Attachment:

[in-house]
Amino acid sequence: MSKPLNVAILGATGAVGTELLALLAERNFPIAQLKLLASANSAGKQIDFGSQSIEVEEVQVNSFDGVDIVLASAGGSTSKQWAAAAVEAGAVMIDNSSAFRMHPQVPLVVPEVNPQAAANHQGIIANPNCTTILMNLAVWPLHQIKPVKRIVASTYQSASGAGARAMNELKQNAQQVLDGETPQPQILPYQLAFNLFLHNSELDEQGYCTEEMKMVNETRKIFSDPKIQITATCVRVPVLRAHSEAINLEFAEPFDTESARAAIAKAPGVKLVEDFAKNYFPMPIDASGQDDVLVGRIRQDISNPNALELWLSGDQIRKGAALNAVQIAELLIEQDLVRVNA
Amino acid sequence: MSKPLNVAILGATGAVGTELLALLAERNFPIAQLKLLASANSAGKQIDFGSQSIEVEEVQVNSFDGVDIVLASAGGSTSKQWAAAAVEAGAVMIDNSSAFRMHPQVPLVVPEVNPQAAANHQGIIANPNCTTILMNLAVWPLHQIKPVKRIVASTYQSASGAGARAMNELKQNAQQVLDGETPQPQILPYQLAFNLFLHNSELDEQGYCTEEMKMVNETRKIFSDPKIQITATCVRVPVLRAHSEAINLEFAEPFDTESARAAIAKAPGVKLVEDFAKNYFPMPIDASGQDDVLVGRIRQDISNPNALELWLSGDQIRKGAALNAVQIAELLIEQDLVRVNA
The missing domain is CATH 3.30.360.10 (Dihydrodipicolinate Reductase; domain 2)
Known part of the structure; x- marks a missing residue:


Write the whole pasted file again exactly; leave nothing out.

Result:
[in-house]
Amino acid sequence: MSKPLNVAILGATGAVGTELLALLAERNFPIAQLKLLASANSAGKQIDFGSQSIEVEEVQVNSFDGVDIVLASAGGSTSKQWAAAAVEAGAVMIDNSSAFRMHPQVPLVVPEVNPQAAANHQGIIANPNCTTILMNLAVWPLHQIKPVKRIVASTYQSASGAGARAMNELKQNAQQVLDGETPQPQILPYQLAFNLFLHNSELDEQGYCTEEMKMVNETRKIFSDPKIQITATCVRVPVLRAHSEAINLEFAEPFDTESARAAIAKAPGVKLVEDFAKNYFPMPIDASGQDDVLVGRIRQDISNPNALELWLSGDQIRKGAALNAVQIAELLIEQDLVRVNA
Amino acid sequence: MSKPLNVAILGATGAVGTELLALLAERNFPIAQLKLLASANSAGKQIDFGSQSIEVEEVQVNSFDGVDIVLASAGGSTSKQWAAAAVEAGAVMIDNSSAFRMHPQVPLVVPEVNPQAAANHQGIIANPNCTTILMNLAVWPLHQIKPVKRIVASTYQSASGAGARAMNELKQNAQQVLDGETPQPQILPYQLAFNLFLHNSELDEQGYCTEEMKMVNETRKIFSDPKIQITATCVRVPVLRAHSEAINLEFAEPFDTESARAAIAKAPGVKLVEDFAKNYFPMPIDASGQDDVLVGRIRQDISNPNALELWLSGDQIRKGAALNAVQIAELLIEQDLVRVNA
The missing domain is CATH 3.30.360.10 (Dihydrodipicolinate Reductase; domain 2)
Known part of the structure; x- marks a missing residue: